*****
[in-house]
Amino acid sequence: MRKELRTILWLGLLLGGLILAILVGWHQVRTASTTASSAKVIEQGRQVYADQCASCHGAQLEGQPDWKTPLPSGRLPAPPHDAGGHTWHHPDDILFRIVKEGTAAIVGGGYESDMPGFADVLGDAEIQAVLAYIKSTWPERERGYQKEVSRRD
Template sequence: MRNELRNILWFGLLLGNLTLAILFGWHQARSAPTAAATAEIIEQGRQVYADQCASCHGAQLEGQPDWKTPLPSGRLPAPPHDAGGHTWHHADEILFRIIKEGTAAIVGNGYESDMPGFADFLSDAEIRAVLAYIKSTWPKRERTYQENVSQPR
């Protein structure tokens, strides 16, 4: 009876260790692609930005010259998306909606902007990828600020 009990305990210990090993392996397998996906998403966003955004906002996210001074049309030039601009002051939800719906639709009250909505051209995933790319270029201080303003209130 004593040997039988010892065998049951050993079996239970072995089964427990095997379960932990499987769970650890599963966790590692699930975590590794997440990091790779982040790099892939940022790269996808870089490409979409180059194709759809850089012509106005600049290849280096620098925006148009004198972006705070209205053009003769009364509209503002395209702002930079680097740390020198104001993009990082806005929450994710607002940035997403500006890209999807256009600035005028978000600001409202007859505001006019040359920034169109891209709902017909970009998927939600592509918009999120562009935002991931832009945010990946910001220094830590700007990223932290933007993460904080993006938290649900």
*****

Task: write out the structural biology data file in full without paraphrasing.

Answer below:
[in-house]
Amino acid sequence: MRKELRTILWLGLLLGGLILAILVGWHQVRTASTTASSAKVIEQGRQVYADQCASCHGAQLEGQPDWKTPLPSGRLPAPPHDAGGHTWHHPDDILFRIVKEGTAAIVGGGYESDMPGFADVLGDAEIQAVLAYIKSTWPERERGYQKEVSRRD
Template sequence: MRNELRNILWFGLLLGNLTLAILFGWHQARSAPTAAATAEIIEQGRQVYADQCASCHGAQLEGQPDWKTPLPSGRLPAPPHDAGGHTWHHADEILFRIIKEGTAAIVGNGYESDMPGFADFLSDAEIRAVLAYIKSTWPKRERTYQENVSQPR
């Protein structure tokens, strides 16, 4: 009876260790692609930005010259998306909606902007990828600020 009990305990210990090993392996397998996906998403966003955004906002996210001074049309030039601009002051939800719906639709009250909505051209995933790319270029201080303003209130 004593040997039988010892065998049951050993079996239970072995089964427990095997379960932990499987769970650890599963966790590692699930975590590794997440990091790779982040790099892939940022790269996808870089490409979409180059194709759809850089012509106005600049290849280096620098925006148009004198972006705070209205053009003769009364509209503002395209702002930079680097740390020198104001993009990082806005929450994710607002940035997403500006890209999807256009600035005028978000600001409202007859505001006019040359920034169109891209709902017909970009998927939600592509918009999120562009935002991931832009945010990946910001220094830590700007990223932290933007993460904080993006938290649900």